July 25, 2007

Here is a very interesting article by legal scholar Christopher Slobogin about the Federal Government being involed in "transaction surveillance,"gathering large amounts of personal information from private databases, very much worth reading.

the quote has some weird spacing, sorry.....

"Many impor tant aspect s of our lives are inscr ibed in
wr it ten and digit ized records, housed in private businesses,
government agencies and other inst itut ions. These records
include a ll sor t s of information abou t us: r epor t s on our medical
status and financial condit ion; data about our purchases,
rentals, real estate holdings, licenses, and member ships; logs
list ing the dest inat ion of our emails and our Internet
wander ings; and count less other bit s of individua l descr ipt or s,
ranging from salary levels to college grades to dr iver 's license
number s. Whether the informat ion memor ializes our own
ver sion of per sonal act ivit ies or is created by the record-holder
it self, there is often an explicit or implicit under standin g that
the informa t ion will be used or viewed by a limit ed number of
people for circumscr ibed purposes. In other words, we consider
the cont ent s of many of these recor ds pr iva t e, vis-a -vis most of
the wor ld.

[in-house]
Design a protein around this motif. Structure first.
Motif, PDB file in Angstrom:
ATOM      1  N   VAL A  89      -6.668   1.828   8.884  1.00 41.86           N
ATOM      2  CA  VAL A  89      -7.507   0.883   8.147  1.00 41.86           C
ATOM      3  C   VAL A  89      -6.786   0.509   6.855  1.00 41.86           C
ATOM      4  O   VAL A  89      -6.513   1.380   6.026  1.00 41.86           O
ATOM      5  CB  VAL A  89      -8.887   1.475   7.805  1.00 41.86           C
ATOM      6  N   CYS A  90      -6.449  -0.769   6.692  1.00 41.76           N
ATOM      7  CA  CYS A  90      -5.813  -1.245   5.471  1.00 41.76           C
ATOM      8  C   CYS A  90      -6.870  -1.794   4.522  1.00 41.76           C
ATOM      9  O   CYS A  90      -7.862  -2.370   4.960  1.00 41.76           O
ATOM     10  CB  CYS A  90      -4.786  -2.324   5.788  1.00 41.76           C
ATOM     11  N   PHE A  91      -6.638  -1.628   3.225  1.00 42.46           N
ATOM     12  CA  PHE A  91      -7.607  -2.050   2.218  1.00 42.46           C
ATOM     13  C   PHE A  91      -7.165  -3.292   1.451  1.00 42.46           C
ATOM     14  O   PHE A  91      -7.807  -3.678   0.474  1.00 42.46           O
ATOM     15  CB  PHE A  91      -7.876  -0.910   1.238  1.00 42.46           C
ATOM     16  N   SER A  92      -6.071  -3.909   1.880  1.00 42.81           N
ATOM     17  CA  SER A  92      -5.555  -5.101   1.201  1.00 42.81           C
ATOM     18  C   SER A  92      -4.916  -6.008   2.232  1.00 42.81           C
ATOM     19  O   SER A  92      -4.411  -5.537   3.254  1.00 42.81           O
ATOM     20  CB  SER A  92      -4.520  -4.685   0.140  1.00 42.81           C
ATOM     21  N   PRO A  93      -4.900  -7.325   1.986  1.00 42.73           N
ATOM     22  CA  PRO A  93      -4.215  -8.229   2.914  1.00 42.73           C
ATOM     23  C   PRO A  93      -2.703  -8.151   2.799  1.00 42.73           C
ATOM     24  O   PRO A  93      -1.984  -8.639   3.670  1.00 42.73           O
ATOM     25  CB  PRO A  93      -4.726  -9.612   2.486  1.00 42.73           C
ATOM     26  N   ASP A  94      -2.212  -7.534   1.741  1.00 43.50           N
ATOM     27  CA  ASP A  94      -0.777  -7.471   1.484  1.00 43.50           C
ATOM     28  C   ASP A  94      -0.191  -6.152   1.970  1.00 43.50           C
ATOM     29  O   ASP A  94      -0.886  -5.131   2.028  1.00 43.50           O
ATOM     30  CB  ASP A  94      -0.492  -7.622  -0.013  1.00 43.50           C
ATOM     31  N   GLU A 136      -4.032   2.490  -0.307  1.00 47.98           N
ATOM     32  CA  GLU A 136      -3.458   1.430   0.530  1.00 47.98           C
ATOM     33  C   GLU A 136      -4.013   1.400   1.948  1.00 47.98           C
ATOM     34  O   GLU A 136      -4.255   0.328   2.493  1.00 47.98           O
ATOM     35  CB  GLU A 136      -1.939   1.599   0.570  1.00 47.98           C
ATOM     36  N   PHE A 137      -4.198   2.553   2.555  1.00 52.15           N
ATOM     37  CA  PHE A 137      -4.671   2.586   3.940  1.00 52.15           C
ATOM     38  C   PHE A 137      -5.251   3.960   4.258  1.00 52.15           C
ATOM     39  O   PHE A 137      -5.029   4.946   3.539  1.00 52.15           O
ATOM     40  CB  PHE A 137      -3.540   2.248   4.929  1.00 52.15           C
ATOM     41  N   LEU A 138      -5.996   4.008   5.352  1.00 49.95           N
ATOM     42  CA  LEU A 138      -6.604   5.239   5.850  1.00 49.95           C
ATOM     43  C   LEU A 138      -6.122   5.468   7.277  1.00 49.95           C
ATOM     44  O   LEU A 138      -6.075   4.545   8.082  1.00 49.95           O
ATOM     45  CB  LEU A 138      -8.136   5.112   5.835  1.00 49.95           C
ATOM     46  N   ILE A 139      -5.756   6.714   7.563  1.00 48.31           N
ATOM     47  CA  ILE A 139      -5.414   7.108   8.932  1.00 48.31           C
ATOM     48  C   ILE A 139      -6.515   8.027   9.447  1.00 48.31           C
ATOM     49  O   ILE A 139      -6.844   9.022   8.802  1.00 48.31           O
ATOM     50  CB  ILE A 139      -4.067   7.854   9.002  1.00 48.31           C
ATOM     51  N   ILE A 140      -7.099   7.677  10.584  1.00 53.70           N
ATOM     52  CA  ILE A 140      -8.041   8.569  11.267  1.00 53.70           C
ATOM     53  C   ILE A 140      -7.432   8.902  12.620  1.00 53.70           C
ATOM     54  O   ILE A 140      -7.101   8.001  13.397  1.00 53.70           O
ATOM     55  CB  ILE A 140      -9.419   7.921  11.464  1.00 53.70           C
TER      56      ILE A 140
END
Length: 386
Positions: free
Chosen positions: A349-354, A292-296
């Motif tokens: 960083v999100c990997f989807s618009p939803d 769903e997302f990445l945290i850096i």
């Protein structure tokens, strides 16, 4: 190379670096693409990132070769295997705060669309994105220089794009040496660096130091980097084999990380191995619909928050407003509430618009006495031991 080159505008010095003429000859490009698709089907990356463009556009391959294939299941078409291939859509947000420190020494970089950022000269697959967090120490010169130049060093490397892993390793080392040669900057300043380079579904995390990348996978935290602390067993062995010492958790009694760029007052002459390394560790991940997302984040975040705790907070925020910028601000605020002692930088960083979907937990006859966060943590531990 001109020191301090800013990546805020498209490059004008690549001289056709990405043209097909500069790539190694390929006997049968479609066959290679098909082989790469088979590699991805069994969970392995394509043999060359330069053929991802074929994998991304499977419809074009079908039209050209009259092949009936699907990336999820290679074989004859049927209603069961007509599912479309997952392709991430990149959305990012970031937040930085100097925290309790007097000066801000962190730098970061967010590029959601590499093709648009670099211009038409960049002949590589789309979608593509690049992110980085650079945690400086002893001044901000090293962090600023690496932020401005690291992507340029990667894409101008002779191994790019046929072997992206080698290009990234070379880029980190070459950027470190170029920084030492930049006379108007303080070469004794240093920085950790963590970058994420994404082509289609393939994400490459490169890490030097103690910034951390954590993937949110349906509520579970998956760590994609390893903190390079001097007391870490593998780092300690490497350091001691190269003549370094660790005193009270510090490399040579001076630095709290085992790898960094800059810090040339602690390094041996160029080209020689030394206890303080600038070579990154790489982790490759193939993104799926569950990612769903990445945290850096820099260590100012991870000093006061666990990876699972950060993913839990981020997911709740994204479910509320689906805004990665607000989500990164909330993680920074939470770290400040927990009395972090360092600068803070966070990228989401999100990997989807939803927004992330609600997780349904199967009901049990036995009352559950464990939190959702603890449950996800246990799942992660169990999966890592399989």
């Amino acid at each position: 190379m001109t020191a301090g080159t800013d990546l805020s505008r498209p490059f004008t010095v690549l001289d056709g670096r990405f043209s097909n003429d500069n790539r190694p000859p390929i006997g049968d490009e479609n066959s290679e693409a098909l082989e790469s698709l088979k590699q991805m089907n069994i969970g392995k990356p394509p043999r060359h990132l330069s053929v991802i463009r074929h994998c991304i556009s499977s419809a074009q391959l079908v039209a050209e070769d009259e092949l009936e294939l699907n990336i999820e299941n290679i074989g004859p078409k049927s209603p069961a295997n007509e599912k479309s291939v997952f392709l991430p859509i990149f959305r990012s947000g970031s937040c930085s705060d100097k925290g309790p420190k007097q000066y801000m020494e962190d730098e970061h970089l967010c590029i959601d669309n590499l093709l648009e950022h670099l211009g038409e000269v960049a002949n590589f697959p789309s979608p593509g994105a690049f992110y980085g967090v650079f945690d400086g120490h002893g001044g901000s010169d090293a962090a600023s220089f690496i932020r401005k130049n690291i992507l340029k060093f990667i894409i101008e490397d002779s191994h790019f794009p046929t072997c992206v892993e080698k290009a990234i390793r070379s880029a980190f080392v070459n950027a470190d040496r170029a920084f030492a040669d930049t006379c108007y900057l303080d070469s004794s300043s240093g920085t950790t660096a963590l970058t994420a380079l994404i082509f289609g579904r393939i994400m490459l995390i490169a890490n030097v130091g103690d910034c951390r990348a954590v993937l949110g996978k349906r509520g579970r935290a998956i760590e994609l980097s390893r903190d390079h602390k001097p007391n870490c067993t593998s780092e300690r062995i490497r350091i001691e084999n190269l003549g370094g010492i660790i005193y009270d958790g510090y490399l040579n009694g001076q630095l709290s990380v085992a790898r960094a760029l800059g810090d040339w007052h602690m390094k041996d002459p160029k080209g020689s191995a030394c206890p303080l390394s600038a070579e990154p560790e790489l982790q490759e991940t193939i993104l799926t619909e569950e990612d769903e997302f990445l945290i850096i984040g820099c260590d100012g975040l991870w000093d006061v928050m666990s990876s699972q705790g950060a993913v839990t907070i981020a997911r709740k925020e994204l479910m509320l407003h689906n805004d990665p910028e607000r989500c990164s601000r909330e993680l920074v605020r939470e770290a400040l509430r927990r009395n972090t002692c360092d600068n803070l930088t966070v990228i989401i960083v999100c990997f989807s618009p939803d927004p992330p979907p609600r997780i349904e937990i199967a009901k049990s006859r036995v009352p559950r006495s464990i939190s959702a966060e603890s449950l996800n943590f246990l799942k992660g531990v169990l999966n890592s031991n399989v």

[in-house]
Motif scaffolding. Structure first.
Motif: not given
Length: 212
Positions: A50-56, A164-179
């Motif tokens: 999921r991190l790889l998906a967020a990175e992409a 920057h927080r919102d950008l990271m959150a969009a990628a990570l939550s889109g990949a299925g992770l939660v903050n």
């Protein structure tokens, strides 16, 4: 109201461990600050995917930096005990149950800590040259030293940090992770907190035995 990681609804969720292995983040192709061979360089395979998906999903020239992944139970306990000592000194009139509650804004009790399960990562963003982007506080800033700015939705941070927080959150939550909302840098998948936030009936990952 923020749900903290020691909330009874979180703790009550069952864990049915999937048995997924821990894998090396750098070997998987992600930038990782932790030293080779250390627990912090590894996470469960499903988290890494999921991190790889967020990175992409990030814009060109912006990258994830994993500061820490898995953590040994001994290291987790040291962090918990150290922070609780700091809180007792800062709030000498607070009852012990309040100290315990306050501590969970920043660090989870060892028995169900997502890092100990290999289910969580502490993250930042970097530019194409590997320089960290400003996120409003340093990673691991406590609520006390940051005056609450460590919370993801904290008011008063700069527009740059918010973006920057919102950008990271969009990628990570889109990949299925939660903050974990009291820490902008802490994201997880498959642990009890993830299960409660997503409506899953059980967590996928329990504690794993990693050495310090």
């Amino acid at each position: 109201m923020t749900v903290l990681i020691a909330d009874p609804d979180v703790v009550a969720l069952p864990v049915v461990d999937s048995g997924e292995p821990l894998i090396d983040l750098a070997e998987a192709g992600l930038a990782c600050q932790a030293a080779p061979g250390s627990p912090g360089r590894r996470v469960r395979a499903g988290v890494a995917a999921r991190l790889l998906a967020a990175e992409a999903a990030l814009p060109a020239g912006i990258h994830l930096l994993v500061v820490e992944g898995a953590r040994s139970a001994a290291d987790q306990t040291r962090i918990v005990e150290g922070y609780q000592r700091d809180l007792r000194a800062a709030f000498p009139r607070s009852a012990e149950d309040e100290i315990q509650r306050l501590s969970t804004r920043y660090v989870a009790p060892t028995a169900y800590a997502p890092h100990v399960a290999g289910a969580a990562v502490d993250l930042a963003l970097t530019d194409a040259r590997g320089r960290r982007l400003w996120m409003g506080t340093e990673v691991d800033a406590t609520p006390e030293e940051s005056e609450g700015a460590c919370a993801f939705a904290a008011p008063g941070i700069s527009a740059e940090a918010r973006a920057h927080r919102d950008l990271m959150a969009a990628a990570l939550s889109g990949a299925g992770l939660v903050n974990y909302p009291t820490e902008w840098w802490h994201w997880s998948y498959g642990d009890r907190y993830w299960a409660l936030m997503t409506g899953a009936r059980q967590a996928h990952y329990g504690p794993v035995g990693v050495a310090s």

Thus, it may be surpr ising that law enforcement officials
can, per fect ly lega lly, ga in access to all of this informa t ion
much more ea sily than they can sea rch our houses or even our
ca r s. While the la t t er types of a ct ions requir e probable cause,
government can obtain many of the records just descr ibed
simply by asking (or pa yin g) for them.1 And, at most , all the
government needs to show in order get any of these r ecords is
tha t they ar e “ r elevant ” t o a government invest iga t ion–a much
lower , and much more diffu se, level of just ifica t ion than
probable cause.2
This state of affairs might make sense when the records
sought ar e t ruly public in natur e. It might also be just ifiable
when the recor ds involve an ent ity such as a corpora t ion,
professional service provider , or government depar tment and
are sought in an effor t to invest igate the ent ity and its
member s. But today, facilit a t ed by the comput er iza t ion of
information and communica t ion, government routinely obt a ins
personal medical, financia l and ema il records, in connect ion
with invest iga t ions tha t have nothing to do with business or
governmen ta l


In cont rast , t ransact ion su rveillance, whether it is event -
ba sed or target -based, never requir es probable cause or
reasonable suspicion, even when conducted by government
agents whose pr imary goal is cr iminal invest igat ion. At most ,
government agent s seeking t ransact ional informat ion need a
subpoena–either a subpoena duces tecum issued by a grand
jury, or an “ administ rat ive subpoena” issued by a government
agency–which is valid as long as the in format ion it seeks is
“ r eleva n t ” t o a legi t ima t e (s t a t u t or ily-a u t h or ized )
invest igat ion. Relevance, as defined by the Supreme Cour t , is
an ext remely low standard. In the grand jury context , a
subpoena may be quashed on ir r elevancy grounds only when
the cour t “ det ermines that ther e is no reasonable possibility
that the category of mat er ials the Government seeks will
produce informat ion r elevant to the general subject of t h e grand
jury's invest iga t ion.” 35 The r elevancy st a n da r d in the
administ rat ive subpoena context is even lower ,..."

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